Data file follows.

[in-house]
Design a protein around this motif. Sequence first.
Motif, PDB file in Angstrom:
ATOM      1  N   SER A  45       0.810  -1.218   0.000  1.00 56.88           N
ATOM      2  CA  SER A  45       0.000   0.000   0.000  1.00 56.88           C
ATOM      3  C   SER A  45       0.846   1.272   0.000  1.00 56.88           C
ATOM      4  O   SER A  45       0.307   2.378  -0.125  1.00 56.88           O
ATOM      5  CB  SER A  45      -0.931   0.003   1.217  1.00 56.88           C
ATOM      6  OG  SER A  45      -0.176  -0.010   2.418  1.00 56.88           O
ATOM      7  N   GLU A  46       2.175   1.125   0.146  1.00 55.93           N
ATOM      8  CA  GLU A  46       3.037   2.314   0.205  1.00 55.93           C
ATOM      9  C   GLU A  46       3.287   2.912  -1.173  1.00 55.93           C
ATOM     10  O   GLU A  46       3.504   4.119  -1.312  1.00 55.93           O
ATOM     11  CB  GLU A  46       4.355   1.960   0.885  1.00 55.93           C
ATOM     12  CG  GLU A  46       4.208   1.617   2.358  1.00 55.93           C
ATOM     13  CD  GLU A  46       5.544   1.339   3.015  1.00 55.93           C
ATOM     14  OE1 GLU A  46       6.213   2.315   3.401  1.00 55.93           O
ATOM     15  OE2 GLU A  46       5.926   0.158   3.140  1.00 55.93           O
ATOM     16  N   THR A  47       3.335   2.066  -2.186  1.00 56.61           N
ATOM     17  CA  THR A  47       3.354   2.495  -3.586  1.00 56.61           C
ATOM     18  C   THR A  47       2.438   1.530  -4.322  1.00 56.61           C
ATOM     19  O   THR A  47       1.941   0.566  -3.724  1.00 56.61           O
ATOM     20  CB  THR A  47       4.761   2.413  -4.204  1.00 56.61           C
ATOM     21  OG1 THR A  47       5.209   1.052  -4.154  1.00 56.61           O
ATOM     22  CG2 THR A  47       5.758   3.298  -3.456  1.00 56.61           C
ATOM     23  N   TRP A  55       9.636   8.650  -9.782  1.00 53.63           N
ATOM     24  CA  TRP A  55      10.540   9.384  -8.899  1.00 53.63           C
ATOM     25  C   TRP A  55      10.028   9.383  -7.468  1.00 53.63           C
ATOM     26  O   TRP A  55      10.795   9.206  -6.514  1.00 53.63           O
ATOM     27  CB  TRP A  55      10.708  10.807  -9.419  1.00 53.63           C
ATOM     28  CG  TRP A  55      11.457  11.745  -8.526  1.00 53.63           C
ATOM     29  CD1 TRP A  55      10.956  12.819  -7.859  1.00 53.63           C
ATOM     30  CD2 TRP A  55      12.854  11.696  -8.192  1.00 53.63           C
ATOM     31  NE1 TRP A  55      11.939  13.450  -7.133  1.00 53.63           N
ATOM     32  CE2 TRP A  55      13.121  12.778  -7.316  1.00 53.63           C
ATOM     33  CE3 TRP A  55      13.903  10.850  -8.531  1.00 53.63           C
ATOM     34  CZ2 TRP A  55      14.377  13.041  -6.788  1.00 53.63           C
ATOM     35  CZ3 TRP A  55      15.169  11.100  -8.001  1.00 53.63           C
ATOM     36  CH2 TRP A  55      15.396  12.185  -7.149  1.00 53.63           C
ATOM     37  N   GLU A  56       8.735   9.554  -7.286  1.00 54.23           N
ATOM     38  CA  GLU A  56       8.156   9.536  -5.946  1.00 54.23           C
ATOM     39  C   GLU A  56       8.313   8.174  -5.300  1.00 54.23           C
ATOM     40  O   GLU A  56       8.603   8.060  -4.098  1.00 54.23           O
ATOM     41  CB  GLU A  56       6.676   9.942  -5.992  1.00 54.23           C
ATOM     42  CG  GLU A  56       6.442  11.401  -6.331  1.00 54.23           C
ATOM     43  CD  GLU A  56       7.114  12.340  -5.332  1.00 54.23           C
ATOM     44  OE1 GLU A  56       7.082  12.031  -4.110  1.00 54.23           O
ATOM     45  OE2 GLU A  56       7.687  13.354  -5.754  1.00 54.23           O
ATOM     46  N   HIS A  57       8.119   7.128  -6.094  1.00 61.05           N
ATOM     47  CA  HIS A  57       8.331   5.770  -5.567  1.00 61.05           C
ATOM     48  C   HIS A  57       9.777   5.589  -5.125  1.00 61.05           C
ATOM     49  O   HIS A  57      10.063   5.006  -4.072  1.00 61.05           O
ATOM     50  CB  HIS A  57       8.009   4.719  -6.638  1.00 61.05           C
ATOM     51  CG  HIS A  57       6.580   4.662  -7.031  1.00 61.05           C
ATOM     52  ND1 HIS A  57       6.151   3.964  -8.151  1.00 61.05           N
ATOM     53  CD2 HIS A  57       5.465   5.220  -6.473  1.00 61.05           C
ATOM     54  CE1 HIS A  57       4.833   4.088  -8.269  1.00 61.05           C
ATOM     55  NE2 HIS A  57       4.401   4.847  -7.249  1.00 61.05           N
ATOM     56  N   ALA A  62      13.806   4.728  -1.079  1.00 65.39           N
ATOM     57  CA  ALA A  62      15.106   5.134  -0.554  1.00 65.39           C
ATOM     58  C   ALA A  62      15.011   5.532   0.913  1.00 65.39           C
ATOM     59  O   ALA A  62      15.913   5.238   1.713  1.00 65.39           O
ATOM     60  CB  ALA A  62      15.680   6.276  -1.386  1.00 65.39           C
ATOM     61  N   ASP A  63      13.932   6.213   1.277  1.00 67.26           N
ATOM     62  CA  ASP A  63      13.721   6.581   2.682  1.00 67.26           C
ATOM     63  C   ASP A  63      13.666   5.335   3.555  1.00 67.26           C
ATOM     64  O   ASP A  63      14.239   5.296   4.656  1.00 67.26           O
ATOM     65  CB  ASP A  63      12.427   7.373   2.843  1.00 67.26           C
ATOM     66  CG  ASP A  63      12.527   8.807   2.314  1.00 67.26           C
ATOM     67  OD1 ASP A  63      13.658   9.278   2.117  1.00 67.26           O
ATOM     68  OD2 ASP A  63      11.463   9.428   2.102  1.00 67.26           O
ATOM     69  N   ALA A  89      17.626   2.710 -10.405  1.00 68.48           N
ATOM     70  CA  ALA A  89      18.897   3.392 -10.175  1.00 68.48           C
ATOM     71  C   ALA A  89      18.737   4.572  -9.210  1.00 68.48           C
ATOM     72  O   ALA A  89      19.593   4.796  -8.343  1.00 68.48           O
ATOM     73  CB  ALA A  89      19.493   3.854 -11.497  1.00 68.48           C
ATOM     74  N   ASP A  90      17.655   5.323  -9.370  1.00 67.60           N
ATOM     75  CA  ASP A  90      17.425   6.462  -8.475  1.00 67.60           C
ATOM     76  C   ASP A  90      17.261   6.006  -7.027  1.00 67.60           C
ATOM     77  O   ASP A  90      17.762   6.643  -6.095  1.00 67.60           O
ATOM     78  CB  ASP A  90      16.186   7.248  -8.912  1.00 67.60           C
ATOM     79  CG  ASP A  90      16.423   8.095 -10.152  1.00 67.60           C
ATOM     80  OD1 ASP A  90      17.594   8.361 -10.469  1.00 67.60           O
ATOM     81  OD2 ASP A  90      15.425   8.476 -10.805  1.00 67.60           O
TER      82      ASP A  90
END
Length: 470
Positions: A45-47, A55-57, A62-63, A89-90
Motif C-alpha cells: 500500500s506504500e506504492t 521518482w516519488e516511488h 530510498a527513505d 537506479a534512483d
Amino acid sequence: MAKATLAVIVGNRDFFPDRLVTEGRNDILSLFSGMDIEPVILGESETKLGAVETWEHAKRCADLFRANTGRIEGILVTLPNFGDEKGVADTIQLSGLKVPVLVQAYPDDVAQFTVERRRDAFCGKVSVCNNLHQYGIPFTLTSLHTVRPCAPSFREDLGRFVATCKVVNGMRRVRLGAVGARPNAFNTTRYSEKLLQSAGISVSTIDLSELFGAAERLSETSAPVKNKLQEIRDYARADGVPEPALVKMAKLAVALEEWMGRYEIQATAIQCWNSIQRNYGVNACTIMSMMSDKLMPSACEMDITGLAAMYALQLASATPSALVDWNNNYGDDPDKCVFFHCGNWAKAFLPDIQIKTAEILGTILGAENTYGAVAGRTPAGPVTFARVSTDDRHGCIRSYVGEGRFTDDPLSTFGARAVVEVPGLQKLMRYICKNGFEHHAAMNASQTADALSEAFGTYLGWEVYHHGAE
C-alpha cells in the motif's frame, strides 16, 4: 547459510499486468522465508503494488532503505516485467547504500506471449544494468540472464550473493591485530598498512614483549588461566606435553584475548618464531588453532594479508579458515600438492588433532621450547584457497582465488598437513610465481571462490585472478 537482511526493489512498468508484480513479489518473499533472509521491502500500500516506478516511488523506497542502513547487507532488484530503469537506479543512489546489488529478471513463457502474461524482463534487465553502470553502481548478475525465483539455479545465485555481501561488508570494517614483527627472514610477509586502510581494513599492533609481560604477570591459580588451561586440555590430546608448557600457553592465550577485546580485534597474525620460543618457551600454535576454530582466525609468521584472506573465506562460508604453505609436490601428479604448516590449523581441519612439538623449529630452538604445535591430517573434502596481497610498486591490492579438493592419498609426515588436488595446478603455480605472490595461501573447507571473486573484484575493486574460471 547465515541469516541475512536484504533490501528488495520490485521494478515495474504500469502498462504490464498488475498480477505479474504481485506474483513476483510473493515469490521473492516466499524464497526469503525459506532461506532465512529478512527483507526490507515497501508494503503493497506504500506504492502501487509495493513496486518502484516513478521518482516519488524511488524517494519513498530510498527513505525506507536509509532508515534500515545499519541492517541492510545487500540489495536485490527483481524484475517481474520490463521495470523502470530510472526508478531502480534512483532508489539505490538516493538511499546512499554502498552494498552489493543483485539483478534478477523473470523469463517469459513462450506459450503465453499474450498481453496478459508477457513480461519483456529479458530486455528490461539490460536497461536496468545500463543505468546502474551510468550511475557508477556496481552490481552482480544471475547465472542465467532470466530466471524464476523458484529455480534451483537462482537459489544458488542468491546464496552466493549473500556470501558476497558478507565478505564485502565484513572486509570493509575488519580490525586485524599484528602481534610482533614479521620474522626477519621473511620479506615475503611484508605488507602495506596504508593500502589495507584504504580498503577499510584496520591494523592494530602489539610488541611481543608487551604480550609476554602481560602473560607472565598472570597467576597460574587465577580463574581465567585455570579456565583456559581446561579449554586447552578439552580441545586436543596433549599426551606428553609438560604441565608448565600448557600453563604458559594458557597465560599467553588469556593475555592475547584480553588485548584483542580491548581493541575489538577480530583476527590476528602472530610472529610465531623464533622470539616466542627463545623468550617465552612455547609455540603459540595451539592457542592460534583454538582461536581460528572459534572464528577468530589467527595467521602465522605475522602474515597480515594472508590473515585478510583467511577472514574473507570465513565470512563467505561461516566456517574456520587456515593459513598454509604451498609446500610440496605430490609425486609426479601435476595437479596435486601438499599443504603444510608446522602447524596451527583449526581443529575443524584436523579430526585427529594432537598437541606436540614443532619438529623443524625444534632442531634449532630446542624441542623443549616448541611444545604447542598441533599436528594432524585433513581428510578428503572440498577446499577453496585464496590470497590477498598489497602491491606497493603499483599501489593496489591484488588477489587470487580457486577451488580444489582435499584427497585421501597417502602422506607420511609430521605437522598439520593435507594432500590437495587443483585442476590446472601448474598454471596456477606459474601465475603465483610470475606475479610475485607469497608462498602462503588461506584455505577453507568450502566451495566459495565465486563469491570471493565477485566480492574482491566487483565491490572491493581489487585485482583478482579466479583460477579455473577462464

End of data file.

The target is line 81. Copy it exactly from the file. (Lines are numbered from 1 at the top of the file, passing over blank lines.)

ATOM     78  CB  ASP A  90      16.186   7.248  -8.912  1.00 67.60           C